Lions are associated mainly with the African grasslands. Few people know that in India they once roamed the plains of Haryana and Punjab, wandered as far as Bihar in the east and above the Narmada in the south, and walked the grasslands and scrub forests around Delhi. Today, the Asiatic lion has been reduced to one tiny population in a single forest of Gujarat.
Has the Asiatic lion been so spectacularly unfortunate because it is not secretive enough to survive hunters and poachers? Is its survival the outcome of one prince’s efforts? Could a single epidemic wipe it out forever?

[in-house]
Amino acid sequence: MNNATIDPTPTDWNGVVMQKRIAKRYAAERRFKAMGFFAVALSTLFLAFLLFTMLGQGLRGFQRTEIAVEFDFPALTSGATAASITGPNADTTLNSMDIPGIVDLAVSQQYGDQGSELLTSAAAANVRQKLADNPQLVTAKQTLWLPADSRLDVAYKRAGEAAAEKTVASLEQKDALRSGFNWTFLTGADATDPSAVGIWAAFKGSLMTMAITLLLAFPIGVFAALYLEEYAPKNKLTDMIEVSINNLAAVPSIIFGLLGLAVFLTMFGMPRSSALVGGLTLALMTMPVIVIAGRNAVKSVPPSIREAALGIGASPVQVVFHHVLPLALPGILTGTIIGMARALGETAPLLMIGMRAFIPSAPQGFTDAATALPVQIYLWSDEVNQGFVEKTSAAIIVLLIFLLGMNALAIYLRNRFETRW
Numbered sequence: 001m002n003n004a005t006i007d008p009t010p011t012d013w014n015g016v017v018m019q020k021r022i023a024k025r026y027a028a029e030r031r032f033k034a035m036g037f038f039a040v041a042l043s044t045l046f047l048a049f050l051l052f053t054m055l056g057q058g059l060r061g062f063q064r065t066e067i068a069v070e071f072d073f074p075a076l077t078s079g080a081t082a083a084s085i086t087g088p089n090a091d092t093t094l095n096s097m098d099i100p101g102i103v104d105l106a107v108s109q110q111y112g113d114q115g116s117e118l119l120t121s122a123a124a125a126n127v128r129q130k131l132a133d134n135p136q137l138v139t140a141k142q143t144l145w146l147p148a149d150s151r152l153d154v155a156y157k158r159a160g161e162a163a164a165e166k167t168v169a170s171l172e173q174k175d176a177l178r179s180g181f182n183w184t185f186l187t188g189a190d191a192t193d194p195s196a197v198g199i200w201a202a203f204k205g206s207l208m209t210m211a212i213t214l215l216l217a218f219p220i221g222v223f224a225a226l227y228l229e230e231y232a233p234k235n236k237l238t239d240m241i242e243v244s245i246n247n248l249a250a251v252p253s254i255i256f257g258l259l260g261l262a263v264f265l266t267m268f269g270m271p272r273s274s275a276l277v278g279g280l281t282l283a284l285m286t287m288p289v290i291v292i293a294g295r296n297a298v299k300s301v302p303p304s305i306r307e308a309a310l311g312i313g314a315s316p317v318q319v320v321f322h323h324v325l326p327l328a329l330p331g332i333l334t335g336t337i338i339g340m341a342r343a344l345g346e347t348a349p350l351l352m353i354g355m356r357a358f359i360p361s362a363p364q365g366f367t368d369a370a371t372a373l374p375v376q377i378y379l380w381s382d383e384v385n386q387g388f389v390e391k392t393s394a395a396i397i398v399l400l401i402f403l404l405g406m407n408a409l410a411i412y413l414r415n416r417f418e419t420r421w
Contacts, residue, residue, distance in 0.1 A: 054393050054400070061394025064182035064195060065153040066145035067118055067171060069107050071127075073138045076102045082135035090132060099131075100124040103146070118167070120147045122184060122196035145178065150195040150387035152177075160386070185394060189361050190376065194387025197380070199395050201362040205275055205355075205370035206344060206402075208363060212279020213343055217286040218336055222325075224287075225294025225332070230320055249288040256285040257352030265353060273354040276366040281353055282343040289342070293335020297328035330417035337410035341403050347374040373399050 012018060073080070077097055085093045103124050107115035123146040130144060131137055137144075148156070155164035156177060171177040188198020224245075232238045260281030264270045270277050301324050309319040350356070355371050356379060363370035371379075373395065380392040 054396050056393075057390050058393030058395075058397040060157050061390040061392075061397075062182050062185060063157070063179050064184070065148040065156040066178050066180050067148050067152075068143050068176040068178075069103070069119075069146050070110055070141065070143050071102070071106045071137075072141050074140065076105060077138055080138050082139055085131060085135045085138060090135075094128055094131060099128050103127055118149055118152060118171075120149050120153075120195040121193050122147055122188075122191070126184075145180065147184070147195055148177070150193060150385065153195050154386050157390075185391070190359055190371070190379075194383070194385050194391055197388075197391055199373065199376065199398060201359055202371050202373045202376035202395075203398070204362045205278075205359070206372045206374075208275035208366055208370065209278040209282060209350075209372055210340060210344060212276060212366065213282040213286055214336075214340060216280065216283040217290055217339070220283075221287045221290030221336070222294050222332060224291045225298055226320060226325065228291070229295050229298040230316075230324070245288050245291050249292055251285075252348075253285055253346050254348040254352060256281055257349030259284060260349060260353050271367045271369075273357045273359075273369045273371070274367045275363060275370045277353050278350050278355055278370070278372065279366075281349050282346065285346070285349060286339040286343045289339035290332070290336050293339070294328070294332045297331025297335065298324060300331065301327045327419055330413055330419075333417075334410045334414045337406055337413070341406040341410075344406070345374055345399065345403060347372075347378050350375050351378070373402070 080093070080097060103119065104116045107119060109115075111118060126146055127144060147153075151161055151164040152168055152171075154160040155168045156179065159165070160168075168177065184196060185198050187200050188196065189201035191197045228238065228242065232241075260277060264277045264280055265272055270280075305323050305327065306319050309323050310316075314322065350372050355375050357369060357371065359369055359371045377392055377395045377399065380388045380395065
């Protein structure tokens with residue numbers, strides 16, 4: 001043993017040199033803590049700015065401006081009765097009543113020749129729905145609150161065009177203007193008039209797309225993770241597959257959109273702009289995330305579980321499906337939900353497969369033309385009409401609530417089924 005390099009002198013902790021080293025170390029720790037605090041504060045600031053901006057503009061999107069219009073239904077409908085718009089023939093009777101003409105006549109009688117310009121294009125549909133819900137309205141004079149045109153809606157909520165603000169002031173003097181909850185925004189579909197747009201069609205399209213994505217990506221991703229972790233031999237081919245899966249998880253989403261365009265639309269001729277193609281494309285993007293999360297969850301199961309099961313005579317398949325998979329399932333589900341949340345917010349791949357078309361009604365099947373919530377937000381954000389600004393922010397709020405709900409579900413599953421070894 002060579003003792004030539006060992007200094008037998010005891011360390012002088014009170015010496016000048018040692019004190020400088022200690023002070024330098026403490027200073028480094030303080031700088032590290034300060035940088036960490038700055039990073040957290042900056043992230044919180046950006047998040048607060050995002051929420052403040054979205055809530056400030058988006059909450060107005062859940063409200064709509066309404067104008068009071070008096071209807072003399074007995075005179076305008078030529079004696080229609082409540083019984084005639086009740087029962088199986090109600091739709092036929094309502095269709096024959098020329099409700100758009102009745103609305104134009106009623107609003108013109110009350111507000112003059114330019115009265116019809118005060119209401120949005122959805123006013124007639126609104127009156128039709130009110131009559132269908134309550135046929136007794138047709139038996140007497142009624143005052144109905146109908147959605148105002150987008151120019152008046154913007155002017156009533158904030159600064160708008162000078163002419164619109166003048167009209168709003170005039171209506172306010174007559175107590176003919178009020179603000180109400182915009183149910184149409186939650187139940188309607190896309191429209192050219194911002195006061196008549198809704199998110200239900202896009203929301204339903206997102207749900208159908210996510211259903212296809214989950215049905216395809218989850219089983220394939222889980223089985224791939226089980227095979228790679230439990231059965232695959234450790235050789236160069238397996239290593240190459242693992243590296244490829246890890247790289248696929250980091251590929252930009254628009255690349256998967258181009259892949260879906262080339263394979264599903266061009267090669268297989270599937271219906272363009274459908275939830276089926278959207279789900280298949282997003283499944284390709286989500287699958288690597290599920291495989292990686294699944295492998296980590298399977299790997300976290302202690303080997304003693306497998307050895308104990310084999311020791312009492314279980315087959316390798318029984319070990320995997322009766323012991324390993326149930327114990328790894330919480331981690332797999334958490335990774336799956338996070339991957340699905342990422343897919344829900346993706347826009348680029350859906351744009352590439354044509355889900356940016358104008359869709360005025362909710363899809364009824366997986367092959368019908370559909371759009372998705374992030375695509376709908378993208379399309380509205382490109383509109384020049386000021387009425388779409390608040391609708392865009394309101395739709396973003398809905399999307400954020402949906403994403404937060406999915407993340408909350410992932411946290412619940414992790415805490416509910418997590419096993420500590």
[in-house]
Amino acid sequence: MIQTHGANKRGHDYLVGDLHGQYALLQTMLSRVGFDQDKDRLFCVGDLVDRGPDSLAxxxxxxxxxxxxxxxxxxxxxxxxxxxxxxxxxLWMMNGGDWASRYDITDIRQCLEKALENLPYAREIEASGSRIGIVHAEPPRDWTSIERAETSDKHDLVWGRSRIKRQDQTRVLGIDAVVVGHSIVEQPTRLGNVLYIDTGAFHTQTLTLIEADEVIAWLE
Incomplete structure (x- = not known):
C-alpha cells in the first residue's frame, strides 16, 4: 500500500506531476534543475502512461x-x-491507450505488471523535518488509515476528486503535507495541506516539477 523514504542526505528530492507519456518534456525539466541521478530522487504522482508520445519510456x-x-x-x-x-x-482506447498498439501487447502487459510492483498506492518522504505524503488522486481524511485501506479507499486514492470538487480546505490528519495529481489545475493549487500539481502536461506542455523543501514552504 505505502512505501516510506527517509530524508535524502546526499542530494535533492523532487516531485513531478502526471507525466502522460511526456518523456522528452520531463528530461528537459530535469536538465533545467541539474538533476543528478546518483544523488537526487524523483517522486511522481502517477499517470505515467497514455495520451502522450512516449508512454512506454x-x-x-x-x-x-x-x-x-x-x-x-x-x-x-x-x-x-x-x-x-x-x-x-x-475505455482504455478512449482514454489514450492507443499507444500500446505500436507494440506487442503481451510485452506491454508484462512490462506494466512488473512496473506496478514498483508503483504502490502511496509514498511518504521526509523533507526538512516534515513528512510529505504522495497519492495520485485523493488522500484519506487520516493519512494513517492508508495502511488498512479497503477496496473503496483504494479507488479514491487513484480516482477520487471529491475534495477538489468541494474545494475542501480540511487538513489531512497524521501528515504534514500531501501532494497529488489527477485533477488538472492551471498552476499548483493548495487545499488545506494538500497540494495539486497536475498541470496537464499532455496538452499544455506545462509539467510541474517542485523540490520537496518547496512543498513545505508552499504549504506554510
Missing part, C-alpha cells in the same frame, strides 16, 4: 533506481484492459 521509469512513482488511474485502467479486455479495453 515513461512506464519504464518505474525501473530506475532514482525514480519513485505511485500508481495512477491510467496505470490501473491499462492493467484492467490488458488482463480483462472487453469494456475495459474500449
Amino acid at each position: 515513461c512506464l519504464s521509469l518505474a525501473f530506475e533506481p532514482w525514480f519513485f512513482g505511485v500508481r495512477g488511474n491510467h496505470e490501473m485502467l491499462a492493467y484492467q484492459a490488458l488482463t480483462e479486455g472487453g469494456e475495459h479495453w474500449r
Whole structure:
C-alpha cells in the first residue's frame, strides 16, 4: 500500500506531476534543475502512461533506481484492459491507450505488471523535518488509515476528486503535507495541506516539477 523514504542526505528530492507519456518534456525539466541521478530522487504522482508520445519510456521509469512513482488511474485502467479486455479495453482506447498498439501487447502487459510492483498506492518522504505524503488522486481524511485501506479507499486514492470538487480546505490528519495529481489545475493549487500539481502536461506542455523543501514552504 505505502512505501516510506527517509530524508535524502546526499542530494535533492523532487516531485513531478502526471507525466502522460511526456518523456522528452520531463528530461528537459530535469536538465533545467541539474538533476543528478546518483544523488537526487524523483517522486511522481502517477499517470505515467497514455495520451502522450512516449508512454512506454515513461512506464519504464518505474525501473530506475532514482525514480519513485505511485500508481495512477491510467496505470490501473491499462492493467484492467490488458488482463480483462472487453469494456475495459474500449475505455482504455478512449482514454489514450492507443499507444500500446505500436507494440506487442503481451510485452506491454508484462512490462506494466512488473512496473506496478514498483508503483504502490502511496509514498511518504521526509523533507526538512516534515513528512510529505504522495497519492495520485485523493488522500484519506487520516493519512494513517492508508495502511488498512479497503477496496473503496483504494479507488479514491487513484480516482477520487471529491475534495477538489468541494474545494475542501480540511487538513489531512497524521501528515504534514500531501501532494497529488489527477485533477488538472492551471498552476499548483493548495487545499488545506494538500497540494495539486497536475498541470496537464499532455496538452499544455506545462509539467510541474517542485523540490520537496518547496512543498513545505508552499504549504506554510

This book celebrates an animal whose magnificent beauty has been the cause of its tragic destiny. The earliest extract included here dates from 1884 and is about shikar; the newest, written in 2008, analyses the implications of politics for the lion’s survival. Some pieces charm and entertain with their vivid literary style and their close observation of nature; others explain population patterns and genetic reduction. The editor’s erudite Introduction provides a historical overview.